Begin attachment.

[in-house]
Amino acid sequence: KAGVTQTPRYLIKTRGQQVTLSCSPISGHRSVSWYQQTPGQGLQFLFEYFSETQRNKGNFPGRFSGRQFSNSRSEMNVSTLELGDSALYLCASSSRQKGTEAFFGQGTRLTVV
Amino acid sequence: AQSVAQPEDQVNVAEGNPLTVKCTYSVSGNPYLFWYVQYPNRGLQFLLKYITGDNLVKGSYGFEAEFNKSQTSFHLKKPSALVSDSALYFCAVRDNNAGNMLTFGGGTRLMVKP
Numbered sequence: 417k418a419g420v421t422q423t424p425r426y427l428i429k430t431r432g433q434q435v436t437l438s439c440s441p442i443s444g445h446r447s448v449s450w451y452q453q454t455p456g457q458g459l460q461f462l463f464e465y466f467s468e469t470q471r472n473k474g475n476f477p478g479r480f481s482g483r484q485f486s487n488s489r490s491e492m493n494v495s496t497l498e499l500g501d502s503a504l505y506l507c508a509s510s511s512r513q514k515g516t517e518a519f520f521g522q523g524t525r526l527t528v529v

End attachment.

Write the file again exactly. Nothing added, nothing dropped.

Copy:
[in-house]
Amino acid sequence: KAGVTQTPRYLIKTRGQQVTLSCSPISGHRSVSWYQQTPGQGLQFLFEYFSETQRNKGNFPGRFSGRQFSNSRSEMNVSTLELGDSALYLCASSSRQKGTEAFFGQGTRLTVV
Amino acid sequence: AQSVAQPEDQVNVAEGNPLTVKCTYSVSGNPYLFWYVQYPNRGLQFLLKYITGDNLVKGSYGFEAEFNKSQTSFHLKKPSALVSDSALYFCAVRDNNAGNMLTFGGGTRLMVKP
Numbered sequence: 417k418a419g420v421t422q423t424p425r426y427l428i429k430t431r432g433q434q435v436t437l438s439c440s441p442i443s444g445h446r447s448v449s450w451y452q453q454t455p456g457q458g459l460q461f462l463f464e465y466f467s468e469t470q471r472n473k474g475n476f477p478g479r480f481s482g483r484q485f486s487n488s489r490s491e492m493n494v495s496t497l498e499l500g501d502s503a504l505y506l507c508a509s510s511s512r513q514k515g516t517e518a519f520f521g522q523g524t525r526l527t528v529v